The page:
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Strong winds across Sweden cause traffic chaos

Many areas of Sweden are reporting strong winds, which have led to cancelled train services as well as traffic accidents.

Strong winds across Sweden cause traffic chaos
Strong winds have blown over trees in Skåne, causing a traffic accident in Kristianstad municipality. Photo: Johan Nilsson/TT

Strong winds across Sweden on Thursday night and Friday morning have caused cancellations and delays in train services, TT reports.

The train company Vy has cancelled all services between Kiruna-Narvik, as well as Östersund-Storlien until Friday morning. SJ has also cancelled services west of Östersund.

In southern Sweden, Trafikverket has cancelled services on many routes due to strong winds. These include services between Nässjö-Vetlanda, Ystad-Simrishamn and Kristianstad-Karlskrona starting at 4am on Friday morning.

Train services are expected to start up again at noon on Friday for some services, with others recommencing at 4am on Saturday.

P4 Väst reports that in western Sweden, services are not running between Uddevalla and Borås, as well as on the Bohus line. Ferry traffic is also affected.

Strong winds have also blown a number of trees down in Skåne, one of which has caused a traffic accident in Kristianstad municipality. A tree was blown over on to the road, where three people stopped to saw it into pieces and were hit by a car driving into the tree, police reports state. They have now been taken to hospital by ambulance.

In Gotland, the wind caused multiple power cuts on Thursday night and early on Friday morning, local media reports. At one point, 3,000 households had no power. 4,600 households had no power for just over an hour on Thursday night.

The winds currently affecting Sweden are part of the same storms which have been causing flooding, traffic problems and school closures in northern Sweden over the past few days.

“Even though it’s most windy in the mountains, there will also be difficult weather on lower terrain, and it looks like this will continue throughout Friday,” Alexandra Ohlsson, a meteorologist at SMHI, told newswire TT.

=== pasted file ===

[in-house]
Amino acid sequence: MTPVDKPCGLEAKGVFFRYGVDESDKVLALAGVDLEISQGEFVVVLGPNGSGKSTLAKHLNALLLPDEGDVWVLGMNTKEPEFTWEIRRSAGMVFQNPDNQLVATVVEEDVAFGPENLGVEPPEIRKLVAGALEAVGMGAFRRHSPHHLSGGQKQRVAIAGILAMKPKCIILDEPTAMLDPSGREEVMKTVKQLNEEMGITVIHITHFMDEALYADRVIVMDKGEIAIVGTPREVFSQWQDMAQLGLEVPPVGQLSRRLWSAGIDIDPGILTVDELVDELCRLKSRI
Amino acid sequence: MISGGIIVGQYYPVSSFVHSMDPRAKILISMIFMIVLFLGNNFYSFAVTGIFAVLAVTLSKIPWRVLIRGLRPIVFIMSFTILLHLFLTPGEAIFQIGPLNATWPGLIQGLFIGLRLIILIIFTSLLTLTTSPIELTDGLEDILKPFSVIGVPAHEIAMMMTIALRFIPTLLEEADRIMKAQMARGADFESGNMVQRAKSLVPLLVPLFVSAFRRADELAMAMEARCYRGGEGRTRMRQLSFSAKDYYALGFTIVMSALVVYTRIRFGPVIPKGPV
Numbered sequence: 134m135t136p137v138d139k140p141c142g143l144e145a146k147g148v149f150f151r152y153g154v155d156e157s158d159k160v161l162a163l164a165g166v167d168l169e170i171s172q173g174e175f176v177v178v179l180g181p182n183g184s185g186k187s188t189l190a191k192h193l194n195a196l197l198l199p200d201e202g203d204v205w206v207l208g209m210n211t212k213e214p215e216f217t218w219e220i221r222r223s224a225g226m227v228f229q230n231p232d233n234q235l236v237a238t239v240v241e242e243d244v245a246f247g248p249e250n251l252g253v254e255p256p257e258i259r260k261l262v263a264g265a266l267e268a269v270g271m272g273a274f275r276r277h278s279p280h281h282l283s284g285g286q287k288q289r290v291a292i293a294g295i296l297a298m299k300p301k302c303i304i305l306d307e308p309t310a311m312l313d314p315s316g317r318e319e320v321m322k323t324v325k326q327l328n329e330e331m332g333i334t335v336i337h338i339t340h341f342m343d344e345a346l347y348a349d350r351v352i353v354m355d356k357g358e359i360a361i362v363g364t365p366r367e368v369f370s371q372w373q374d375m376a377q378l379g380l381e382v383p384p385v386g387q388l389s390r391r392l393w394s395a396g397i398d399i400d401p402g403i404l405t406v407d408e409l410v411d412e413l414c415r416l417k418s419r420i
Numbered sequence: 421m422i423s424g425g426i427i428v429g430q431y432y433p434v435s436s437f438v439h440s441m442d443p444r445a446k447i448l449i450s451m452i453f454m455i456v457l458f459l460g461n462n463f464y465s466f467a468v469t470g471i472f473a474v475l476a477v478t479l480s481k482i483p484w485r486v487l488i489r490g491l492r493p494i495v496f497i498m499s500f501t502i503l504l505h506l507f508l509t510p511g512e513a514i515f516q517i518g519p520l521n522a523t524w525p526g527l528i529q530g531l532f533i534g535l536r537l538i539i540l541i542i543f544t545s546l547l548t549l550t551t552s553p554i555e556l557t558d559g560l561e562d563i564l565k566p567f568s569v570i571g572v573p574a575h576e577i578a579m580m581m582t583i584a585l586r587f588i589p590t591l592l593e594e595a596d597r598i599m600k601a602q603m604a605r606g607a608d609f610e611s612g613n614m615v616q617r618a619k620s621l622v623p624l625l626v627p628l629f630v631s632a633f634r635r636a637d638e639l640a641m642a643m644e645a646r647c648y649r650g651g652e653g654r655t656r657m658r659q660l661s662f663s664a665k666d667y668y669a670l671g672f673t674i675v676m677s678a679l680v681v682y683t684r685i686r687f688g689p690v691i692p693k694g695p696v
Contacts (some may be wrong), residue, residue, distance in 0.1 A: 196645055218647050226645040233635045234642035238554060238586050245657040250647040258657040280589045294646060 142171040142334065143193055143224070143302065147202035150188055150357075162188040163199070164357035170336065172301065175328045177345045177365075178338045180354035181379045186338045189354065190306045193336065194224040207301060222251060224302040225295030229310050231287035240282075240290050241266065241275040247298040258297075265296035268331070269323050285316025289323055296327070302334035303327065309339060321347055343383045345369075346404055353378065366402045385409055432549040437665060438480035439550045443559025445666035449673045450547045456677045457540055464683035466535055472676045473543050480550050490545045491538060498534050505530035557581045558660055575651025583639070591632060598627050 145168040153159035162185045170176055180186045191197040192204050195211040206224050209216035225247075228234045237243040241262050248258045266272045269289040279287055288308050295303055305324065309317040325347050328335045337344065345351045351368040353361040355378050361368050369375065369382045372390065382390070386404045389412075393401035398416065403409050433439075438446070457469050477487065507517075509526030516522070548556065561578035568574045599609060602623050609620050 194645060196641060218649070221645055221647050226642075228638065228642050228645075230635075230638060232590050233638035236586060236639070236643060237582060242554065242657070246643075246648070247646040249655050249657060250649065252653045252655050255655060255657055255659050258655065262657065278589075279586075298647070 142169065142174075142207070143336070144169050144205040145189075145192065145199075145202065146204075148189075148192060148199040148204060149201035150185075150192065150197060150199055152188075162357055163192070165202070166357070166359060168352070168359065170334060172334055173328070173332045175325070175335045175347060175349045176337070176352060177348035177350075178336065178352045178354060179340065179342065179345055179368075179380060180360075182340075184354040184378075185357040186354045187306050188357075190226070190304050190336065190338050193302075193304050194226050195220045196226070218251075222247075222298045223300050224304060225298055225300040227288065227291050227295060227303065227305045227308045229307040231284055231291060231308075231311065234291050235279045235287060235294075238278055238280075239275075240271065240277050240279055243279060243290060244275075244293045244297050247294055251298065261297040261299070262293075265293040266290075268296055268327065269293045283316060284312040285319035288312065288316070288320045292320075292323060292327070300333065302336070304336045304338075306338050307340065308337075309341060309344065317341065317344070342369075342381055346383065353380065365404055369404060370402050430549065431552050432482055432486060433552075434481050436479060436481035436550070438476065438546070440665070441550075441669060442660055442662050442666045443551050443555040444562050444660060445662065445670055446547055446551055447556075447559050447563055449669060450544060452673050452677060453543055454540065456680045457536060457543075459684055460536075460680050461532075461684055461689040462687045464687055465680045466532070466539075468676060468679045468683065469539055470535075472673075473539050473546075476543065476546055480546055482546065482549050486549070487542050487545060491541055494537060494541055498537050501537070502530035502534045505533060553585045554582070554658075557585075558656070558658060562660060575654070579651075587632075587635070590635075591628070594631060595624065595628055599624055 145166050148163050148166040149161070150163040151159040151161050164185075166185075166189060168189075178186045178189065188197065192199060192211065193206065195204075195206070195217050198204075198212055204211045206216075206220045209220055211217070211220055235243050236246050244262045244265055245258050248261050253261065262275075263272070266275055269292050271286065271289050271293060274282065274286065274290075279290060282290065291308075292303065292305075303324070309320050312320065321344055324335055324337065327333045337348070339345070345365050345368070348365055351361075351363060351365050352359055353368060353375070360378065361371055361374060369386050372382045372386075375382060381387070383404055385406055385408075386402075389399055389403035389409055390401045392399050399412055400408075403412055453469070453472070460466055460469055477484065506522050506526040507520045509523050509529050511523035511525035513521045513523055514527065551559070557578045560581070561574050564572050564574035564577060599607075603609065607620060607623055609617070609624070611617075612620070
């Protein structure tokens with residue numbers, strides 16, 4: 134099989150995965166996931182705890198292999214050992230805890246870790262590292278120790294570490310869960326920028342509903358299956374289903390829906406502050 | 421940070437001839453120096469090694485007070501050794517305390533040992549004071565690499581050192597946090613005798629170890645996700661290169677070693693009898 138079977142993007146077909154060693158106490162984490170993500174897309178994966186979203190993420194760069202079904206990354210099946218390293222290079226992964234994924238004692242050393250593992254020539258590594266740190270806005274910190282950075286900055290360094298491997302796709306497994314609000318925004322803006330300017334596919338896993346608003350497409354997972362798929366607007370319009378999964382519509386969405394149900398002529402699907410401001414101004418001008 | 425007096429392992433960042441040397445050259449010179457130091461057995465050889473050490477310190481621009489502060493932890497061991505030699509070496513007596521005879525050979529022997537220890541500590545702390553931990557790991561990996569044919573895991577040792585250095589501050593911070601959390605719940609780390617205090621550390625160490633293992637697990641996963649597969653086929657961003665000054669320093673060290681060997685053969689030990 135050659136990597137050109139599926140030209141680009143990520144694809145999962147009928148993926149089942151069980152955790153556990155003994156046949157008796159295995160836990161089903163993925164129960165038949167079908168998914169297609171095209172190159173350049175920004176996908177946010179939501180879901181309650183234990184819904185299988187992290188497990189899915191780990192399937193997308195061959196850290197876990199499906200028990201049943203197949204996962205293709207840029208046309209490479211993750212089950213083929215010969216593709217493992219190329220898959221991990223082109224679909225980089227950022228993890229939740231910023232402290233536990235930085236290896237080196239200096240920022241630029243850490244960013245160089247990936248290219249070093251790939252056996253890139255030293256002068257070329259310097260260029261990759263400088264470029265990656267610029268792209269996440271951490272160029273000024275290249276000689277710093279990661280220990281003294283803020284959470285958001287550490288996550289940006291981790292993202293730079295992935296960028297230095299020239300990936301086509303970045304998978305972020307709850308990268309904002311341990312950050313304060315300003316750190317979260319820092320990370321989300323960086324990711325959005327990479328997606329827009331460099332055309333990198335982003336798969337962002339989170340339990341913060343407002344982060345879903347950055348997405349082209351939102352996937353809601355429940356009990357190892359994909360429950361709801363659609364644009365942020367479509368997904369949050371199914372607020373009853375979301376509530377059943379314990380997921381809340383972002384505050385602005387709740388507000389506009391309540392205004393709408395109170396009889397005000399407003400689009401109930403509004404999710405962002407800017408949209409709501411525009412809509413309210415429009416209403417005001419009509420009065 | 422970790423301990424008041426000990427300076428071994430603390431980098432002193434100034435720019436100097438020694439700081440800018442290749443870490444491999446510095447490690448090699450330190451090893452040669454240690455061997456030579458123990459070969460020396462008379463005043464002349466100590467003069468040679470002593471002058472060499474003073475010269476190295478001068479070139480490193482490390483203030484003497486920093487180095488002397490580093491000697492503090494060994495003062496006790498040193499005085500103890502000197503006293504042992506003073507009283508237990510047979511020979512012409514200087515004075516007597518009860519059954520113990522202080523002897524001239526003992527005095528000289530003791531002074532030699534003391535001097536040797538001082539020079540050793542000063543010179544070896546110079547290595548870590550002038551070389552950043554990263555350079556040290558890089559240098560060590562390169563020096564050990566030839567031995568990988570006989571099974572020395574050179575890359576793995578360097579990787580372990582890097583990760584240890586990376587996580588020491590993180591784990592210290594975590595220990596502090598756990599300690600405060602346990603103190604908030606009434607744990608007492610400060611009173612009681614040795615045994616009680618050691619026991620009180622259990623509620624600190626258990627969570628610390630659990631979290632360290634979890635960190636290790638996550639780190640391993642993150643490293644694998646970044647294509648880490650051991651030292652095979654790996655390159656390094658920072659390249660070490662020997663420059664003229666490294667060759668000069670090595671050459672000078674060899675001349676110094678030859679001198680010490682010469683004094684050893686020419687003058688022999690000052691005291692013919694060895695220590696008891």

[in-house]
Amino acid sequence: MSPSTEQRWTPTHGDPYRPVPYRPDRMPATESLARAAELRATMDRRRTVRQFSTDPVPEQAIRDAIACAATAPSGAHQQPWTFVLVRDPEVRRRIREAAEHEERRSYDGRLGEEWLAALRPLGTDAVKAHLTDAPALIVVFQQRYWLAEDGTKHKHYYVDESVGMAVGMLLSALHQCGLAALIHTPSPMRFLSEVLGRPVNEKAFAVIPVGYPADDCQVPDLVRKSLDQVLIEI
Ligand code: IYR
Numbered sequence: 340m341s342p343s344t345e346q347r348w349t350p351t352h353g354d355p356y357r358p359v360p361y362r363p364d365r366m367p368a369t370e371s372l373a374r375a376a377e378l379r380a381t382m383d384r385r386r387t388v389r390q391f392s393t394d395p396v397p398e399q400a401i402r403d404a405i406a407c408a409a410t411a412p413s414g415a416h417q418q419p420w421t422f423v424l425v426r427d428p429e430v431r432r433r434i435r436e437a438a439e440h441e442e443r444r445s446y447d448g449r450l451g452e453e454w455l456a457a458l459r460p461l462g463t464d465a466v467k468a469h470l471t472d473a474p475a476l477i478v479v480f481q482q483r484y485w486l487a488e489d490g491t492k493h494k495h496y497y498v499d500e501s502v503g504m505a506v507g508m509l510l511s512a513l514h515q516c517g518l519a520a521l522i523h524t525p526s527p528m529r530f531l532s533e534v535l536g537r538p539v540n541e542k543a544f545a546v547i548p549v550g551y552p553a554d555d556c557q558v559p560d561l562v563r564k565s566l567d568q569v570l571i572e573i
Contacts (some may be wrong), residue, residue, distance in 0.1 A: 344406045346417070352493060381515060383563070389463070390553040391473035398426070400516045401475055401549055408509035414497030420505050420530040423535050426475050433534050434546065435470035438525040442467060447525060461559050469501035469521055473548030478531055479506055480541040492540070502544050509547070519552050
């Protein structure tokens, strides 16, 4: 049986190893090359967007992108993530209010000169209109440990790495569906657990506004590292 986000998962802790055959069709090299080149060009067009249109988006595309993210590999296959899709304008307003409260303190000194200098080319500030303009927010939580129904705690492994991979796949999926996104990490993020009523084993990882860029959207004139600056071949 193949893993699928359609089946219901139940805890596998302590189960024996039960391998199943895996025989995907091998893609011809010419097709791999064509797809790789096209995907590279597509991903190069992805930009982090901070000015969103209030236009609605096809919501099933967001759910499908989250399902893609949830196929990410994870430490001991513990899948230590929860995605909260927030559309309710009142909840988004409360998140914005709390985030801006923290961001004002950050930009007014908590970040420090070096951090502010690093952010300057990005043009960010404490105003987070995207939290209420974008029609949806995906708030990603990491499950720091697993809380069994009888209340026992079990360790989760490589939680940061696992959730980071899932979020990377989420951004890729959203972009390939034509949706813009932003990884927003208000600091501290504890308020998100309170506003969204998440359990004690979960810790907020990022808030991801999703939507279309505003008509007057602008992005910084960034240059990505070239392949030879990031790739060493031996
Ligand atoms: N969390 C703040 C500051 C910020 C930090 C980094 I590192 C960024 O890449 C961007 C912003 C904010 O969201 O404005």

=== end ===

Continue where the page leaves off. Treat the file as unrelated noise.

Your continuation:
“There will also be extremely strong gusts of wind in some areas, like Skåne,” she continued.

The weather should be calmer on Saturday, Ohlsson says: “What we’re seeing now is the end of the bad weather. The wind is going to culminate in the south. Snowfall will decrease during the afternoon and evening, and Saturday will be much calmer.”

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WILDFIRES

Europe facing record year for wildfire destruction: EU

Europe's blistering summer may not be over yet, but 2022 is already breaking records, with nearly 660,000 hectares ravaged since January, according to the EU's satellite monitoring service.

Europe facing record year for wildfire destruction: EU

And while countries on the Mediterranean have normally been the main seats of fires in Europe, this year, other countries are also suffering heavily.

Fires this year have forced people to flee their homes, destroyed buildings and burned forests in EU countries, including Austria, Croatia, France, Greece, Italy, Portugal and Spain.

Some 659,541 hectares (1.6 million acres) have been destroyed so far, data from the European Forest Fire Information System (EFFIS) showed, setting a record at this point in the year since data collection began in 2006.

Europe has suffered a series of heatwaves, forest fires and historic drought that experts say are being driven by human-induced climate change.

They warn more frequent and longer heatwaves are on the way.

The worst-affected country has been Spain, where fire has destroyed 244,924 hectares, according to EFFIS data.

The EFFIS uses satellite data from the EU’s Copernicus Atmosphere Monitoring Service (CAMS).

READ ALSO: EXPLAINED: How the climate crisis is hitting Europe hard

The data comes after CAMS said Friday that 2022 was a record year for wildfire activity in southwestern Europe and warned that a large proportion of western Europe was now in “extreme fire danger”.

“2022 is already a record year, just below 2017,” EFFIS coordinator Jesus San-Miguel said. In 2017, 420,913 hectares had burned by August 13, rising to 988,087 hectares by the end of the year.

“The situation in terms of drought and extremely high temperatures has affected all of Europe this year and the overall situation in the region is worrying, while we are still in the middle of the fire season,” he said.

Since 2010, there had been a trend towards more fires in central and northern Europe, with fires in countries that “normally do not experience fires in their territory”, he added.

“The overall fire season in the EU is really driven mainly by countries in the Mediterranean region, except in years like this one, in which fires also happen in central and northern regions,” he added.

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